If you can establish a good relationship with your doctor through this operation, that'll help down the line when it's time to treat it again.

    Keep me posted on how things go!

  4. Tony,

    I saw the doctor this morning and thought I'd give you a quick update. The knee is a totally different animal, I'm sure. But I think we can draw parallels since they both use the same method for the same result.

    First he gave me a shot of Supartz -- it's a common injection for knee arthritis made from rooster combs. It's said to normalize the joint's environment, and that is supposed to provide relief. I think of it as lubing up the joint. And the shot itself can provide enough relief that it can delay a knee replacement for up to 4 years.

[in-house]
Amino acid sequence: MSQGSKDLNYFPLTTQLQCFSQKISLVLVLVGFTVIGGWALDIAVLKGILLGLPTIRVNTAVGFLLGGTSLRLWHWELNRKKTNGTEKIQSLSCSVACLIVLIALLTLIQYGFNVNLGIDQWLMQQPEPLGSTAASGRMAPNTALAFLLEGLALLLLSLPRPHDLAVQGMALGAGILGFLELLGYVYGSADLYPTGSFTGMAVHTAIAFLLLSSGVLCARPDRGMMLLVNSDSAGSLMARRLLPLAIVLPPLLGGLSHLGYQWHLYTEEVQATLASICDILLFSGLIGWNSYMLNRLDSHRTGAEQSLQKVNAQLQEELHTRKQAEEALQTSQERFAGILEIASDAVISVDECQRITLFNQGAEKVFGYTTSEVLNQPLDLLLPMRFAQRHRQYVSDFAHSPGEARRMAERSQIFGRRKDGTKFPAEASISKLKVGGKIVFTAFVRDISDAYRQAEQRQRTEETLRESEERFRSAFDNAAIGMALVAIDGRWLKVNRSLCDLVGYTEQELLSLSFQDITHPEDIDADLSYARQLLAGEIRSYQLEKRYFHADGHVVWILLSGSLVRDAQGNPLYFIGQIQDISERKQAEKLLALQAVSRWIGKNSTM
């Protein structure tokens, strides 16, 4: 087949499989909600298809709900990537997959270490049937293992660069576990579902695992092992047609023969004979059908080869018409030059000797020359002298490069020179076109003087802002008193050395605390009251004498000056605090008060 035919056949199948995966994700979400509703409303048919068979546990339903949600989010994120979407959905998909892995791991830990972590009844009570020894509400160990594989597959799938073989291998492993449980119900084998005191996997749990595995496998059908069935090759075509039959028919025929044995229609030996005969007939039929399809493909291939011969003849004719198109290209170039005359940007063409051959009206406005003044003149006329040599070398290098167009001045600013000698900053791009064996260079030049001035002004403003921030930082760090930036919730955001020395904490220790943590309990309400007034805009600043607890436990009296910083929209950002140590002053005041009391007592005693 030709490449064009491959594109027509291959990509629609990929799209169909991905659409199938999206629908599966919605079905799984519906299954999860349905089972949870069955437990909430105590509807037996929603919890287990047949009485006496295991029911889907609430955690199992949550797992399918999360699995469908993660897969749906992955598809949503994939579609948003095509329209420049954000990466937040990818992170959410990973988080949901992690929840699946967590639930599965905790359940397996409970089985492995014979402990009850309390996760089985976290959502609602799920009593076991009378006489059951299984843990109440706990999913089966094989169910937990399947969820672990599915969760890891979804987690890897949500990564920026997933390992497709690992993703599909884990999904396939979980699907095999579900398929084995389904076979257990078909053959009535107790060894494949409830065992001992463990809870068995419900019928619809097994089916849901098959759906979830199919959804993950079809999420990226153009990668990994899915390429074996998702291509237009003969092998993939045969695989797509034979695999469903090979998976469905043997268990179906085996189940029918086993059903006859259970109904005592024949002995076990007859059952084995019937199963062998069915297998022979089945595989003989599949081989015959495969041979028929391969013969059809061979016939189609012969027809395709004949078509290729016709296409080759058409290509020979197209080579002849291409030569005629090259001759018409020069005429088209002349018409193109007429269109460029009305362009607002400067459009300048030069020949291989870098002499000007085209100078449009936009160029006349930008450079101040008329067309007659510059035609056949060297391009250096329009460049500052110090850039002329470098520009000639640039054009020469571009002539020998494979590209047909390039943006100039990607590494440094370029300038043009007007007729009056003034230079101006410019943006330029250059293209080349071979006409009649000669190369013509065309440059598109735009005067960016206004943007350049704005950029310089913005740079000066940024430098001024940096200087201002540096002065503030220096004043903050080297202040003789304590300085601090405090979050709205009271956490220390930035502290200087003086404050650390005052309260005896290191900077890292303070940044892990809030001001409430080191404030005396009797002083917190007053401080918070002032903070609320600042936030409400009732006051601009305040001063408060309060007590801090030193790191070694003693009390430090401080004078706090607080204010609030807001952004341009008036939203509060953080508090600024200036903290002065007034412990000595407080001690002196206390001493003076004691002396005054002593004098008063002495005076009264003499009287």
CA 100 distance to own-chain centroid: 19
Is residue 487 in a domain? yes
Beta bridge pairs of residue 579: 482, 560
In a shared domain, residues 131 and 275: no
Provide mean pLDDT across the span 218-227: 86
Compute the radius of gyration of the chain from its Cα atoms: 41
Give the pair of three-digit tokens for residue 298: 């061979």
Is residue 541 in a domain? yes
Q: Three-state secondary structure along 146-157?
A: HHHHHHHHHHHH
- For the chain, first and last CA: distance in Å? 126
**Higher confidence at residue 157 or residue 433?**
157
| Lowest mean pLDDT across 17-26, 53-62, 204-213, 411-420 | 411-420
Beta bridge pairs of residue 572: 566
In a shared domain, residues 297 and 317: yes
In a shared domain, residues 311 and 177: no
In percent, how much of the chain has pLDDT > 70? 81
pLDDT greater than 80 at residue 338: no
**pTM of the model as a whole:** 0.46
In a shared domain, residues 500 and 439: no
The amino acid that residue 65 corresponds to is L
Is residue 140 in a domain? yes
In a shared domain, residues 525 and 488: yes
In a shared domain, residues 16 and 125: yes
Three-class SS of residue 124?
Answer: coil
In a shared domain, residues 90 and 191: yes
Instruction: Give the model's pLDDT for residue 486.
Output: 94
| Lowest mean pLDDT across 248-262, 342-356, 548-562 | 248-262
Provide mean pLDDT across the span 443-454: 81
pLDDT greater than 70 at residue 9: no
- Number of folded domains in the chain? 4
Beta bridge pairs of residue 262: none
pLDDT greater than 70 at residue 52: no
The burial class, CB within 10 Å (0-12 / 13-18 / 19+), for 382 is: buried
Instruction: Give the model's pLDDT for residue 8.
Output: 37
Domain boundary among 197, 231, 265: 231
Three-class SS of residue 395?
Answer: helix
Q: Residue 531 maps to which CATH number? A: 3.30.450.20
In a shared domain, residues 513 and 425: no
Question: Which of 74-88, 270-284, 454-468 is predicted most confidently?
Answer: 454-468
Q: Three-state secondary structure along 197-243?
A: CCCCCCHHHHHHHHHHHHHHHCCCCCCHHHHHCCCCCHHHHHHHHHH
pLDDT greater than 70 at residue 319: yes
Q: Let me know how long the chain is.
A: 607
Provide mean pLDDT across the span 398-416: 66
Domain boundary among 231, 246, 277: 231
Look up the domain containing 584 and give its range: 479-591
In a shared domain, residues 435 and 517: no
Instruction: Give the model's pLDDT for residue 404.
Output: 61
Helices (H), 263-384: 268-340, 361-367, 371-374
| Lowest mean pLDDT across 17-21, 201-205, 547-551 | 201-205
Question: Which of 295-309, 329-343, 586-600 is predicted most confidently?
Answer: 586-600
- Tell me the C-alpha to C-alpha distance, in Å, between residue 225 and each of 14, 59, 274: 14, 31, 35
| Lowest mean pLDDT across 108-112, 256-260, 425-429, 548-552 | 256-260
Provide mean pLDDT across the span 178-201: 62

He then measured the joint space between my tibia and femur and found a 1mm increase. He said it's one of the best he's ever seen after three months. But he said he couldn't tell if it was cartilage regrowth without an MRI.

    But I'm still not feeling the relief I expected. He keeps telling me I have to wait six months till I start to feel happy that I did it. In my case that's February.

    I'm really enjoying tracking your progress. It's nice to know I'm not alone in electing this type of unconventional surgery.


  5. Tony,